From from radio-controlled valves to ultrasound, male contraception is going high-tech
Men are short-changed when it comes to birth control. Vasectomy is painful and
not always reversible. Condoms blunt pleasure, break and slip off. Or there
is that Russian-roulette standby, coitus interruptus.
But science finally may have found an answer for reversible, reliable and easy
contraception for men with a new breed of futuristic, nonhormonal gizmos
that promise a high-tech solution to sperm control.
Teams around the globe are developing new techniques that can block ducts in
the testes, zap sperm before they come out of the body or even scramble
“Men want new contraceptive methods,” says Elaine Lissner, director of the
non-profit Male Contraception Information Project in San Francisco. “A
decade ago demand wasn't there and it was assumed women wouldn't trust men
to take charge of birth control anyway. That has changed.”
Switching sperm flow on and off
Professor Derek Abbott and his team from the University of Adelaide in South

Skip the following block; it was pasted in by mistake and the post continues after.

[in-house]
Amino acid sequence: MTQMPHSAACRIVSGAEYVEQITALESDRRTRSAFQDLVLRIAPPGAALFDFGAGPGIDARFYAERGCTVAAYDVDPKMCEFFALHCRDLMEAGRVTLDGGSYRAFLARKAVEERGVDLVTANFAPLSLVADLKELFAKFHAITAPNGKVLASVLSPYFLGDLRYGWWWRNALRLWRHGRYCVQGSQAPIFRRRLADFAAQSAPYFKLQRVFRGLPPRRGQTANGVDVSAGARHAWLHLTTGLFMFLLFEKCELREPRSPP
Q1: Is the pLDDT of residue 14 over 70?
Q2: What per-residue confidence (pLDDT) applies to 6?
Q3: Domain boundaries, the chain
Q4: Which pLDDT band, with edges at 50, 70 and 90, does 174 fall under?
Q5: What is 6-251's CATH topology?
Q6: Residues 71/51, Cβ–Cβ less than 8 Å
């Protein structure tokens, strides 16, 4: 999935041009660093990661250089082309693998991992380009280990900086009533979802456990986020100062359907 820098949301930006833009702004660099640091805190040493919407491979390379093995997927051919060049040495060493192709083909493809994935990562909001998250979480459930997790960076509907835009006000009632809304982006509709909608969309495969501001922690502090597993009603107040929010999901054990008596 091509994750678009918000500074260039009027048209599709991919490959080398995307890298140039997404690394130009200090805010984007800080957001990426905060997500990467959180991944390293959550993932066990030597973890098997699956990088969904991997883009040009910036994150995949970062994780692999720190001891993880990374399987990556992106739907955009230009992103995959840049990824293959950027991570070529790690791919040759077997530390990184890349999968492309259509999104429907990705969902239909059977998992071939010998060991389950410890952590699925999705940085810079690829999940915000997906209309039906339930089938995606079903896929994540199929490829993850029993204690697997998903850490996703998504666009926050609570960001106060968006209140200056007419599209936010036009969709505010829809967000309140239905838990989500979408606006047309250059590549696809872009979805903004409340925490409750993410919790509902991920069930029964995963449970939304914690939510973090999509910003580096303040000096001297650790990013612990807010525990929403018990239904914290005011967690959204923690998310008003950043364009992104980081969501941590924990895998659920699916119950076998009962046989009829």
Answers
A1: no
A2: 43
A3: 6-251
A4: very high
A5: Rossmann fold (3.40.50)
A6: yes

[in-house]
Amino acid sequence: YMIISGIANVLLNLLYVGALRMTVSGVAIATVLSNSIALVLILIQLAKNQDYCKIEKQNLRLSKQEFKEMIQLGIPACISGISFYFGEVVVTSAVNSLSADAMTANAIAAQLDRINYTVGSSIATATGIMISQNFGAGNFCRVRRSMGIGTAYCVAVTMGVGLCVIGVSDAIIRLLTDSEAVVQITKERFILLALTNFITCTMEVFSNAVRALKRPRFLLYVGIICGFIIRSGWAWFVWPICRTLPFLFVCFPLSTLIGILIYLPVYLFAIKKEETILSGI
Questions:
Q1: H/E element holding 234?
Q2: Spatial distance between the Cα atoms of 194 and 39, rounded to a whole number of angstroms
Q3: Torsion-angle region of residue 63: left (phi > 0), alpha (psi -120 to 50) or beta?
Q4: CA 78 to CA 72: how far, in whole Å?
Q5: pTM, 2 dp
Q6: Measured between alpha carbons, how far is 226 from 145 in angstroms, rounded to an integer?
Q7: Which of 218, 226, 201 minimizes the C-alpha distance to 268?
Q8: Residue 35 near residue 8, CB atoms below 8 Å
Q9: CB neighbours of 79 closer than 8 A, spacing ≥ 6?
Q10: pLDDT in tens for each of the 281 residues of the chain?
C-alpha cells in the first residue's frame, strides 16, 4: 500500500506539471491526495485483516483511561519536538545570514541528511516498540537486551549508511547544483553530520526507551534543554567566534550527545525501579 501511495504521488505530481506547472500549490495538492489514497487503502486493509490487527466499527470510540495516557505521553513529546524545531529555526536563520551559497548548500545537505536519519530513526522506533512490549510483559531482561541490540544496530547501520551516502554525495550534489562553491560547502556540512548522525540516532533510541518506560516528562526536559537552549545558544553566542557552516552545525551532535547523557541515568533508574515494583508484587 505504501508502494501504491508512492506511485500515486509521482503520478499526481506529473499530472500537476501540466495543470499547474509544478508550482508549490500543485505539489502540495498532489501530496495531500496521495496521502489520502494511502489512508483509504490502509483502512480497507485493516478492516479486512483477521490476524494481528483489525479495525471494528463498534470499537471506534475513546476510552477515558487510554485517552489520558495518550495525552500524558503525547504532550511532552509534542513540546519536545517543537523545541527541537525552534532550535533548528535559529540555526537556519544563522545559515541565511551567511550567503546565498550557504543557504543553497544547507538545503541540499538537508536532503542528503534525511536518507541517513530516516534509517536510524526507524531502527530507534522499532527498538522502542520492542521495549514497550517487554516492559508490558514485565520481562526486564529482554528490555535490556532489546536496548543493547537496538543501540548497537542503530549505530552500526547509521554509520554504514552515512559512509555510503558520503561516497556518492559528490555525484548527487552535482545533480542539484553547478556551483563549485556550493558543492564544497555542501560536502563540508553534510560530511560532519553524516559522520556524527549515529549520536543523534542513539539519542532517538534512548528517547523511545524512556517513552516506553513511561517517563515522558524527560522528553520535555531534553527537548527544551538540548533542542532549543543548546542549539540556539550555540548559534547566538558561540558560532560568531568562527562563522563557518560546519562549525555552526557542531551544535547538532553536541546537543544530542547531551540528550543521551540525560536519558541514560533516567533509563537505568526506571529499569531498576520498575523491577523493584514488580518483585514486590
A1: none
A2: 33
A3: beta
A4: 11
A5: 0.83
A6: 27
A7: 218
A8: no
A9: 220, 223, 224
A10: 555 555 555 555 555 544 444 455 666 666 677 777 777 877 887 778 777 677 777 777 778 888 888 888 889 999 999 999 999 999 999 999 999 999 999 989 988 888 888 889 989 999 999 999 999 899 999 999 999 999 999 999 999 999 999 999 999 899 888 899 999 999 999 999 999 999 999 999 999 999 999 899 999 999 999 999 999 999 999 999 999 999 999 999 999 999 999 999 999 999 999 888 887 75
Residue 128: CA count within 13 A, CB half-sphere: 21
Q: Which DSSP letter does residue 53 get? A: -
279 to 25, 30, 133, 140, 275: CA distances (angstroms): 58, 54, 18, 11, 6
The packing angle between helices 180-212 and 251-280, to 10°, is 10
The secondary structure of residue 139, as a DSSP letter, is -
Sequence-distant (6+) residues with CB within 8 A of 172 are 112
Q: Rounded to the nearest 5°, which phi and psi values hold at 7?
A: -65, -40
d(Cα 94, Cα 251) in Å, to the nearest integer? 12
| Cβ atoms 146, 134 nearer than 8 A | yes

Australia have invented the first remote-controlled key fob that allows men
to control a valve that can switch their sperm flow on and off as required.
The size of half a rice grain, the “fertility control micro-valve” is injected
by a doctor into the vas deferens, the duct that carries sperm from the
testes, a process that needs only a local anaesthetic. The valve can then
open and close to control sperm flow out of the body.
“Vasectomy entails surgery, pain and it might not be reversible. Our
micro-valve provides an alternative,” says Abbott. Demand for the new valve
has been unprecedented. “I've been inundated with inquiries from men from
all over the world,” he says. The device will now need five years of animal
trials before it can be used in human beings.
Intra Vas Device
Meanwhile, the Minnesota-based Shepherd Medical Company is expanding trials of
its Intra Vas Device (IVD), tiny soft implants in several sizes that block
the flow of sperm. The implants, billed as a painless, no-scalpel,
easilyreversible vasectomy, are likely to come on to the market in the next
two to five years. Shepherd anticipates having European, Canadian and US
approval by 2010.
In California a team is developing an implantable ring that circles the vas
deferens. Doctors can switch it on to zap sperm rather than block their
passage, making them unable to fertilise an egg (they can also turn it off